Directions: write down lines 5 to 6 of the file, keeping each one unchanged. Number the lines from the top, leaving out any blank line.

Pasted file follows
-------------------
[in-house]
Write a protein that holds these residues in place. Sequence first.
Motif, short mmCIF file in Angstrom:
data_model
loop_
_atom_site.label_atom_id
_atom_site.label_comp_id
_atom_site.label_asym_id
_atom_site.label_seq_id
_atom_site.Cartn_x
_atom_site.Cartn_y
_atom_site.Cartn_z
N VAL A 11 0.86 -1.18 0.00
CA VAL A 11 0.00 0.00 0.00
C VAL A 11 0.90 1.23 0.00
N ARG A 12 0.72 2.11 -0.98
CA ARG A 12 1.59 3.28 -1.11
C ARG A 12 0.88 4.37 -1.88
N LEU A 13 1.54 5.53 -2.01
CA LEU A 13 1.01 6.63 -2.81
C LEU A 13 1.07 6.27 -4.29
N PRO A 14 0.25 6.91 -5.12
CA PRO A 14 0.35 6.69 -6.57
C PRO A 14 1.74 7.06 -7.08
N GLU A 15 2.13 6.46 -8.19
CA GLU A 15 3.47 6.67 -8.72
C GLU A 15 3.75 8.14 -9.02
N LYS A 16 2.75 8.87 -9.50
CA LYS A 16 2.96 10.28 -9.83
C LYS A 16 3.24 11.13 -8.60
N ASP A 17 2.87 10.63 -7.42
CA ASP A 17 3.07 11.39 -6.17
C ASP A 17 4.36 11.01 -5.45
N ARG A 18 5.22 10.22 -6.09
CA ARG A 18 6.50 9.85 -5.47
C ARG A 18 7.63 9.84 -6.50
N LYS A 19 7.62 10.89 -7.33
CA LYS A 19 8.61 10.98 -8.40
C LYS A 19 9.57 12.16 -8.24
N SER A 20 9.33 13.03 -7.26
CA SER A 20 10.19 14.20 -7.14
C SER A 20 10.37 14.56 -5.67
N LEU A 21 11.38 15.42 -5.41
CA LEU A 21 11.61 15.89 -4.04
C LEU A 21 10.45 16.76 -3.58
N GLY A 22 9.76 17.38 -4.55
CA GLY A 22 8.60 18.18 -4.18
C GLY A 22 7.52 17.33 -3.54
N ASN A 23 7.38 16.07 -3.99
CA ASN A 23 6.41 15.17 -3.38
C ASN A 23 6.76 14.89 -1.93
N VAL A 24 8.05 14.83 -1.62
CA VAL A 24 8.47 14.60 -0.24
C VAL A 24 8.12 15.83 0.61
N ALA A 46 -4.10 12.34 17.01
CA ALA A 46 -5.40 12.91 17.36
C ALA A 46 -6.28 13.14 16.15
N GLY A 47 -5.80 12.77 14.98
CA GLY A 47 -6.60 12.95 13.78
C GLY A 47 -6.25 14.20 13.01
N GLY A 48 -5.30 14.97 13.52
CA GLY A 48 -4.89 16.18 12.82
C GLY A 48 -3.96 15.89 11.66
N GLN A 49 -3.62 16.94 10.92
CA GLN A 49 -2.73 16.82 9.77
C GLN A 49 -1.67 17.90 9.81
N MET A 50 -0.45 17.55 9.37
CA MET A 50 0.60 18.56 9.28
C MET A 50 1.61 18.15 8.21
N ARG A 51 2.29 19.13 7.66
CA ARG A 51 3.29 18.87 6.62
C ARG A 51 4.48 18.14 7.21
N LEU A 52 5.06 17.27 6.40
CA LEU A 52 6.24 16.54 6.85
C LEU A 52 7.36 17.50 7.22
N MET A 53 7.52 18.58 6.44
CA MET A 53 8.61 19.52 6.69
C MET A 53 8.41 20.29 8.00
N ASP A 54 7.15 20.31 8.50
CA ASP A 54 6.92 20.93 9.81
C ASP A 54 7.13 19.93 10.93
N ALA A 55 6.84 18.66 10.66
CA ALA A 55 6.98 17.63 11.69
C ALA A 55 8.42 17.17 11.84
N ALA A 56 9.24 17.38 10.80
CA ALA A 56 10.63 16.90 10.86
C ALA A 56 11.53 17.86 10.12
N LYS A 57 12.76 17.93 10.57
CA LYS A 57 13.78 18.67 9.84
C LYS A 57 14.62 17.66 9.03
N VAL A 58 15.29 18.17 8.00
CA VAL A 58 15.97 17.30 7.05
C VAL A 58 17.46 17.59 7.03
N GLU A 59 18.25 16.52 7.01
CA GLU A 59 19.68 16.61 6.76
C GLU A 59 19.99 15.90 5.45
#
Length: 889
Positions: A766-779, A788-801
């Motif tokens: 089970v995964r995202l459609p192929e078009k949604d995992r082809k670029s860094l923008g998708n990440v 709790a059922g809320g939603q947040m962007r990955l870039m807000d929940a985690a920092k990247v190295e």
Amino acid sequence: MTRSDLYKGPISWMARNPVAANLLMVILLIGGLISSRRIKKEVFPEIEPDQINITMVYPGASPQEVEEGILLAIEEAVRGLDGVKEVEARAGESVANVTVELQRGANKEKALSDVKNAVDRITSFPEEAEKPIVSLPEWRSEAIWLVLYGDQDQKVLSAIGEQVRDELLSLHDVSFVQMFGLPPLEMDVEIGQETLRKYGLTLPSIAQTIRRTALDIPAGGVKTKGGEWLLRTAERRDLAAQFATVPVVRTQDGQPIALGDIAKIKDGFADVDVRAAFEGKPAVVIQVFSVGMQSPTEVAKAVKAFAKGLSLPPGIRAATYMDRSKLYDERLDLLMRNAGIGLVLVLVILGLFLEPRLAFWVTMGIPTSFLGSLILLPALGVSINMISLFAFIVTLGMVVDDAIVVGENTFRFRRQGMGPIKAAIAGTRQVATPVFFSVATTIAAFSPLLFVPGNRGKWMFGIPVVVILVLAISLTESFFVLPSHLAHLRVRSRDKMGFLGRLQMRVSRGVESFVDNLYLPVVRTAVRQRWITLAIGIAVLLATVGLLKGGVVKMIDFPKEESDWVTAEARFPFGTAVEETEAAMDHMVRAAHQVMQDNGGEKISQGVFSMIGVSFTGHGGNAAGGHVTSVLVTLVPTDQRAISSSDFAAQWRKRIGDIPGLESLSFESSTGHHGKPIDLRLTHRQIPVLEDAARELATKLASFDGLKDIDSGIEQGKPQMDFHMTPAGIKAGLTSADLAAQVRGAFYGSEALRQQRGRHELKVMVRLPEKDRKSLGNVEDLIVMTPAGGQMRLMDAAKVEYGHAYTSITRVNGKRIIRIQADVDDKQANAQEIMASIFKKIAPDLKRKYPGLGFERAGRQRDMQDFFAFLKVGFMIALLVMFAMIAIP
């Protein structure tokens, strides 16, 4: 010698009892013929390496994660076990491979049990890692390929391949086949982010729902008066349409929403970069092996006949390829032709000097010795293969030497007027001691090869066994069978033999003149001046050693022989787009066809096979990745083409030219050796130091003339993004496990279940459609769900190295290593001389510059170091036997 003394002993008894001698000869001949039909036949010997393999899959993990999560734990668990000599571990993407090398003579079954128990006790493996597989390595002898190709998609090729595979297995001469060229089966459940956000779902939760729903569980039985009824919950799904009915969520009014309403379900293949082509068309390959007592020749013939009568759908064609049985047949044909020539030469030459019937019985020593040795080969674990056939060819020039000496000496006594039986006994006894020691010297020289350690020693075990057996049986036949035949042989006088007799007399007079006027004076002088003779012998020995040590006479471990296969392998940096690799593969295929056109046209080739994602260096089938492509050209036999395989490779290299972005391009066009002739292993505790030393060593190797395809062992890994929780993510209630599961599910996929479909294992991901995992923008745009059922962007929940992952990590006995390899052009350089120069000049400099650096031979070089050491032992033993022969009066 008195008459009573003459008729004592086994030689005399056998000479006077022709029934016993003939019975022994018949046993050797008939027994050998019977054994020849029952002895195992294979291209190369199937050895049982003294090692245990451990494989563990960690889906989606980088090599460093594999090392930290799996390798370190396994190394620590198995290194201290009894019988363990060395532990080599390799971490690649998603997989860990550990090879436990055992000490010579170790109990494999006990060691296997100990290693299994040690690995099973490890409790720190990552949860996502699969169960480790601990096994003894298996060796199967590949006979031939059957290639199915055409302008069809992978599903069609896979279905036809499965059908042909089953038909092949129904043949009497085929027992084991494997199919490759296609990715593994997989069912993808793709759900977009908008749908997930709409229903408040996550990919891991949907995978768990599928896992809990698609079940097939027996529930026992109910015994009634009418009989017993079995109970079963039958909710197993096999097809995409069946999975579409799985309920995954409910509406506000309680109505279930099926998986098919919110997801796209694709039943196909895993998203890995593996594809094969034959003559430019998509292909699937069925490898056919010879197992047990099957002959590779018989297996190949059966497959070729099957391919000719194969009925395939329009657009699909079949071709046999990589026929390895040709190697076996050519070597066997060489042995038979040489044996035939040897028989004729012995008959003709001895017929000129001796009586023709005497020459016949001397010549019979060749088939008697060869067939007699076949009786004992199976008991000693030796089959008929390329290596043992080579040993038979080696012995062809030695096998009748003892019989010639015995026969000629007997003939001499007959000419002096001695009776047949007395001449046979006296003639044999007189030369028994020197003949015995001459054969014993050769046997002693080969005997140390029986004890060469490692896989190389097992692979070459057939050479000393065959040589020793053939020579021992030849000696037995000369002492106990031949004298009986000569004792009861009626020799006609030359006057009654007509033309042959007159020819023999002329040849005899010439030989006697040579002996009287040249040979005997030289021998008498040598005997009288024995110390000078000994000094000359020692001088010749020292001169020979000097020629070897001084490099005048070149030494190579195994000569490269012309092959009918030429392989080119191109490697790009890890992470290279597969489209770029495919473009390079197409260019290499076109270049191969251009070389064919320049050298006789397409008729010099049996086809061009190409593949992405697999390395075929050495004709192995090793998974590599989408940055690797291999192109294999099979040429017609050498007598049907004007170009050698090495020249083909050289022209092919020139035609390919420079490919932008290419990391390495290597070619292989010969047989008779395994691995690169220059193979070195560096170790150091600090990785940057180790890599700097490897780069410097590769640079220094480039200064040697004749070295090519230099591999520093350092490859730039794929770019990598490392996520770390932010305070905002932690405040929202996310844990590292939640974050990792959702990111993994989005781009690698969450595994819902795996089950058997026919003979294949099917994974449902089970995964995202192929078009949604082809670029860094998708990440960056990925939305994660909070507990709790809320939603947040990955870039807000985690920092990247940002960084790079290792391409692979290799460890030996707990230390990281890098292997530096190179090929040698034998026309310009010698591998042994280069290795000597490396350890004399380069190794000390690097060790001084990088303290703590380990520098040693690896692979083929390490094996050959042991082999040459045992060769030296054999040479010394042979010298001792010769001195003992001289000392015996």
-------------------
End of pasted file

loop_
_atom_site.label_atom_id